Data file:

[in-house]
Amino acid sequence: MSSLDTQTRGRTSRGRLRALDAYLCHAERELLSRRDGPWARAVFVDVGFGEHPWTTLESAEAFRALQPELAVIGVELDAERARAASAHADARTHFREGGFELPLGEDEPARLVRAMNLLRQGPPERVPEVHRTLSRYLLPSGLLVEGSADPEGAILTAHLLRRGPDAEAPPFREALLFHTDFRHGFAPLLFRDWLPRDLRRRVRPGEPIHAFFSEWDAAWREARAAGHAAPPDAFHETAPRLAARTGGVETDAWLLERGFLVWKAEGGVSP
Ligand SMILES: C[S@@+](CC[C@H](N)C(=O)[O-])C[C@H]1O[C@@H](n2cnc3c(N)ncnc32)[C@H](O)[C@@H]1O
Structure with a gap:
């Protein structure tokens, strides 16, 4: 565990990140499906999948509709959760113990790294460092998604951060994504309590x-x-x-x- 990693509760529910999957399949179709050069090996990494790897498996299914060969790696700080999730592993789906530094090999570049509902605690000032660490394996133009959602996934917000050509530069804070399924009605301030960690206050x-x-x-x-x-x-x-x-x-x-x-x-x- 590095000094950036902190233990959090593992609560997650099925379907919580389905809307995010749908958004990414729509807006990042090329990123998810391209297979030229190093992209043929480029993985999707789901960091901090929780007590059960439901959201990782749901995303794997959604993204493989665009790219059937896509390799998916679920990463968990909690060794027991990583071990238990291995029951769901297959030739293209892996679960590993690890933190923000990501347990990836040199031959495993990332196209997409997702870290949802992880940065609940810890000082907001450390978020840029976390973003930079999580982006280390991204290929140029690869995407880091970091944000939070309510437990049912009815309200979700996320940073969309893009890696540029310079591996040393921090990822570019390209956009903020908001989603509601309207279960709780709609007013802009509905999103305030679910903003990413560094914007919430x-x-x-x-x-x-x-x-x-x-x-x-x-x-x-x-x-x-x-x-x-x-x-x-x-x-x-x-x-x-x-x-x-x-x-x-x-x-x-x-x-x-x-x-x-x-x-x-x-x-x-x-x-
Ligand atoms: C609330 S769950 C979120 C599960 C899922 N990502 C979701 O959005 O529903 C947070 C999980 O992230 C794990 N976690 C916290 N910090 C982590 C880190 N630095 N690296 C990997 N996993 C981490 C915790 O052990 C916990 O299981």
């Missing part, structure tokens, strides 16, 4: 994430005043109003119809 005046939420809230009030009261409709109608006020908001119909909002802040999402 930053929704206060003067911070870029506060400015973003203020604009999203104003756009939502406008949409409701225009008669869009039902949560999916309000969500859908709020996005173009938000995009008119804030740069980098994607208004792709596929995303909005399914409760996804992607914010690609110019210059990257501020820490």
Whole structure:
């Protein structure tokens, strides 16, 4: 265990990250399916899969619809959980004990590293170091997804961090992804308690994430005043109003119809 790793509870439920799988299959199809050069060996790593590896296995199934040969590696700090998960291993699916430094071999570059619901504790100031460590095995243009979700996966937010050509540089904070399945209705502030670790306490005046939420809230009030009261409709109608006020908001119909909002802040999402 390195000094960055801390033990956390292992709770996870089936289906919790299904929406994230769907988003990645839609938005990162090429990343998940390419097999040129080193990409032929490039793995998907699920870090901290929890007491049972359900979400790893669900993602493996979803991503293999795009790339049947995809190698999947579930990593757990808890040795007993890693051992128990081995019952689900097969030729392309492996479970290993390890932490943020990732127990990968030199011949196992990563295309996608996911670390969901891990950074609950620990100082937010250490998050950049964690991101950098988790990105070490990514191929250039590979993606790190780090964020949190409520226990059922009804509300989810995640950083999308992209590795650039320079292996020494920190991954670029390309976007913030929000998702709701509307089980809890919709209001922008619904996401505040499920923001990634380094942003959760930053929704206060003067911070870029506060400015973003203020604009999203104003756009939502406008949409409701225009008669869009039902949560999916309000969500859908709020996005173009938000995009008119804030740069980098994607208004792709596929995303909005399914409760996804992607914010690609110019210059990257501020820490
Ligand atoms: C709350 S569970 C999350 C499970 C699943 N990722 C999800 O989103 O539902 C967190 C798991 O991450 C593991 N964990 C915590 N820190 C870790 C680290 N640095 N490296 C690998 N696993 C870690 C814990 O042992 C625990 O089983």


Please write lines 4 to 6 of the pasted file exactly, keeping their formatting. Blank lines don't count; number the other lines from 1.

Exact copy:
Structure with a gap:
């Protein structure tokens, strides 16, 4: 565990990140499906999948509709959760113990790294460092998604951060994504309590x-x-x-x- 990693509760529910999957399949179709050069090996990494790897498996299914060969790696700080999730592993789906530094090999570049509902605690000032660490394996133009959602996934917000050509530069804070399924009605301030960690206050x-x-x-x-x-x-x-x-x-x-x-x-x- 590095000094950036902190233990959090593992609560997650099925379907919580389905809307995010749908958004990414729509807006990042090329990123998810391209297979030229190093992209043929480029993985999707789901960091901090929780007590059960439901959201990782749901995303794997959604993204493989665009790219059937896509390799998916679920990463968990909690060794027991990583071990238990291995029951769901297959030739293209892996679960590993690890933190923000990501347990990836040199031959495993990332196209997409997702870290949802992880940065609940810890000082907001450390978020840029976390973003930079999580982006280390991204290929140029690869995407880091970091944000939070309510437990049912009815309200979700996320940073969309893009890696540029310079591996040393921090990822570019390209956009903020908001989603509601309207279960709780709609007013802009509905999103305030679910903003990413560094914007919430x-x-x-x-x-x-x-x-x-x-x-x-x-x-x-x-x-x-x-x-x-x-x-x-x-x-x-x-x-x-x-x-x-x-x-x-x-x-x-x-x-x-x-x-x-x-x-x-x-x-x-x-x-
Ligand atoms: C609330 S769950 C979120 C599960 C899922 N990502 C979701 O959005 O529903 C947070 C999980 O992230 C794990 N976690 C916290 N910090 C982590 C880190 N630095 N690296 C990997 N996993 C981490 C915790 O052990 C916990 O299981």